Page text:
The row started with something minor: ‘Edu’ was laughing at something on his phone but refused to show it to his girlfriend ‘Ali’. She got upset and they started arguing.
Angry words turned into shouting and insults and suddenly a furious ‘Edu’ grabs her phone and hurls it to the classroom floor where it shatters, the violent gesture shocking the group of watching teenagers.
The confrontation between the two characters, played by actors, is part of a play by Teatro Que Cura (The Healing Theatre) visiting a high school in the town of Parla near Madrid to raise awareness about domestic violence.
November 25th is International Day for the Elimination of Violence Against Women and in Spain, which passed Europe’s first law against it in 2004, experts agree education is key to reducing the problem.
In May, official figures showed gender violence was growing fastest among the under-18s, with the number of female victims up nearly 30 percent from 514 in 2020 to 661 in 2021.
It was unclear if this was due to an increase in violence or a rise in the number of incidents reported.
The play at El Olivo high school starts with the couple getting ready for their first date, Edu wining over the 15- and 16-year-olds with a humorous monologue worrying over his looks, what to wear and his chances of getting laid.
But the laughter dies as their relationship develops — and the teenagers are encouraged to reflect on their arguments and what they would do differently.
“The aim is to help adolescents build relationships based on equality and prevent domestic violence,” says Susana Martín Cuezva, a therapist who directs Teatro que Cura and moderates the discussions.
“The idea is that the students experience a situation of tension or conflict in the here and now and that they resolve it in a different way to how the actors are approaching it, which is always through violence.”
“It’s good to show it like this. If you see it in the street, it’s just a couple fighting. But seeing it in this context you realise it is actually violence and that you can do something about it,” says 15-year-old Patricia Garcia.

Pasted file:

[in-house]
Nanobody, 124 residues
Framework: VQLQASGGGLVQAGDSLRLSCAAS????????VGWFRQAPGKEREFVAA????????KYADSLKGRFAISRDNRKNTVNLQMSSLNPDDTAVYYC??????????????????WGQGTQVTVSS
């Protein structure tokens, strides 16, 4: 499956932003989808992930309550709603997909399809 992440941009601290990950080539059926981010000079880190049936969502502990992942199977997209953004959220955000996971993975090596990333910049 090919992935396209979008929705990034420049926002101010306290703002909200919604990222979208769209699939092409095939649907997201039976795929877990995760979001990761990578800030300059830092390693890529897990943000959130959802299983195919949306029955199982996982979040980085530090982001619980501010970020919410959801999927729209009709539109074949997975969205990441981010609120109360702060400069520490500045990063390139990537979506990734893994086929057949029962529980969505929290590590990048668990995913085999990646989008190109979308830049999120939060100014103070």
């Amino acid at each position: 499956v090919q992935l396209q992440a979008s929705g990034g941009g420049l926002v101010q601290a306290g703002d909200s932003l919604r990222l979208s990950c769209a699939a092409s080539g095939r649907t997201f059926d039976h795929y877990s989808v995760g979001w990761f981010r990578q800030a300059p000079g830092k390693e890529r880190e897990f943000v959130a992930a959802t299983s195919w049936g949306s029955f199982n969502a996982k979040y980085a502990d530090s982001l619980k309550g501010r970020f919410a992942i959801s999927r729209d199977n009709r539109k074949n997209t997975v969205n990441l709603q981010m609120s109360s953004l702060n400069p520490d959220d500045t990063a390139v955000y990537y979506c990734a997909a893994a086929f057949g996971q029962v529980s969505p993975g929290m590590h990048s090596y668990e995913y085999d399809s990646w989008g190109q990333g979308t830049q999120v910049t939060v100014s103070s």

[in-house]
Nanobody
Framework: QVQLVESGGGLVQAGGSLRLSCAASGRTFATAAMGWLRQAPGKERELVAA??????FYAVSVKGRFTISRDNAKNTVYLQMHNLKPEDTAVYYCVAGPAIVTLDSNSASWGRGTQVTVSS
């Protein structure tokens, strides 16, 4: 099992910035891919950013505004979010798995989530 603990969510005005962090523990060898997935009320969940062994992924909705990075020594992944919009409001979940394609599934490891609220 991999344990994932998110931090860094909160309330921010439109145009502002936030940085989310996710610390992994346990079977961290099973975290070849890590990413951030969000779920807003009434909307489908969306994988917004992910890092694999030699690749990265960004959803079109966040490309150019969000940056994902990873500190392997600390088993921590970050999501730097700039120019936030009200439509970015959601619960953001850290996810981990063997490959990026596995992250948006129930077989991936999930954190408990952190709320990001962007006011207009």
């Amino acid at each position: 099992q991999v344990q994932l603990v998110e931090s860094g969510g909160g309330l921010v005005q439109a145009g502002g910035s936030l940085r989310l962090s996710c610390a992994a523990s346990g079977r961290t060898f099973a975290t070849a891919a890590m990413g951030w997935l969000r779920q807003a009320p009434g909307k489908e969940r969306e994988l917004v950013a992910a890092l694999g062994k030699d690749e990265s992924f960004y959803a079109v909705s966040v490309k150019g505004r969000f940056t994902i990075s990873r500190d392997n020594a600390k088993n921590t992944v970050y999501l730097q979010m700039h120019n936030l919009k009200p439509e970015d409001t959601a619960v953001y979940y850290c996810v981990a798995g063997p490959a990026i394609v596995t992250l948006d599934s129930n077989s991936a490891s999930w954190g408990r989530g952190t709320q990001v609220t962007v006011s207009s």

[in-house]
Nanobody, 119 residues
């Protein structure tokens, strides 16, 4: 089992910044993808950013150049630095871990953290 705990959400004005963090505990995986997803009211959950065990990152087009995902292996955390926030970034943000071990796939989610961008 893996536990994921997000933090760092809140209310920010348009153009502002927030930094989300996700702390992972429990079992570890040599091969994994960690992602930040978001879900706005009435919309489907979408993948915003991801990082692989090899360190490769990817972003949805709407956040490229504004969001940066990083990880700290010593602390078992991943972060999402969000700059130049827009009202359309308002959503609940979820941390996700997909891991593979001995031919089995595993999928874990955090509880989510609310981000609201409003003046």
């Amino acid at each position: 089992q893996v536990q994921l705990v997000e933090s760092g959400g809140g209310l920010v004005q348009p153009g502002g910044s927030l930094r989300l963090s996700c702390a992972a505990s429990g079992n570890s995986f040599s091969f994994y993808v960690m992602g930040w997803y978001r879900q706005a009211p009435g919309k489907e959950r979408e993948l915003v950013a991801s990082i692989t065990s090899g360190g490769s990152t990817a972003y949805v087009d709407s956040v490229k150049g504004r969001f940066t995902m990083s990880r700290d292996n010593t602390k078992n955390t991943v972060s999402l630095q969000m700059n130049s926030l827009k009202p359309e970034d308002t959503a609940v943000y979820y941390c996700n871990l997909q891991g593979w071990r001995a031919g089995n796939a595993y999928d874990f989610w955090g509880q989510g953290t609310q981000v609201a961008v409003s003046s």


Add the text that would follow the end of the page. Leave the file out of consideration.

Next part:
As the plot develops, the audience is invited to voice their thoughts directly to Edu or Ali, with each actor improvising a response.
“I lost my head, I’m not really like that,” Edu explains to a student after the phone-smashing incident.
“Yeah right. First, give me some space and don’t try to intimidate me,” she says calmly. As he starts arguing, she walks off — to cheers and applause from the students.
What affected Mario Carmona, 16, most was the insults and the pushing and shoving.
“Unfortunately, it was pretty realistic, and it happens more often than you’d expect,” he told AFP.
“It’s not easy to understand what’s happening even though these arguments are pretty normal. But it’s good to have someone to support you, who can give you a wake-up call if things get a bit out of hand.”
Set up in 2017, Teatro que Cura uses interactive theatre to immerse teens in dramatised scenarios of inequality and violence to raise awareness about conflict and gender-based violence.
Over the past five years, they have worked with some 9,000 teenagers aged 14-19, mostly in the Madrid region.
Studies show education is crucial, with a 2021 Spanish government report finding sex education classes focused on equality and violence “reduce the risk of resorting to gender-based violence in boys, and of suffering it in girls”.
‘Detecting cases of risk’
“Adolescents who are taught about gender-based violence are at less risk,” educational psychologist Maria José Díaz-Aguado told El País newspaper.
“If you get this sort of education at school, you can become aware of such things much earlier,” agreed 16-year-old Maryam Calderón.
Silvia Serrano Martin, El Olivo’s school psychologist, said the sessions were very effective.
“It’s really helped raise awareness about domestic violence because seeing it in such an experiential way reaches them more directly,” she told AFP.
“This is a useful prevention tool but it’s also good for detecting cases of risk.”
Sometimes students come forward to privately share their experiences, which in some cases has involved situations of “real urgency,” Susana Martín Cuezva says.
“Once a boy came to talk to the actor and said he identified with Edu, that he was starting to be violent with his partner. He was in tears and told us he needed help and didn’t want to repeat what was happening at home,” she said.
The case was immediately referred to a regional gender violence unit.
“I’ve learned I need to put myself first,” 15-year-old García told AFP when asked what she had taken from the session.
“If a relationship is starting to become aggressive, you have to walk away for your own good.”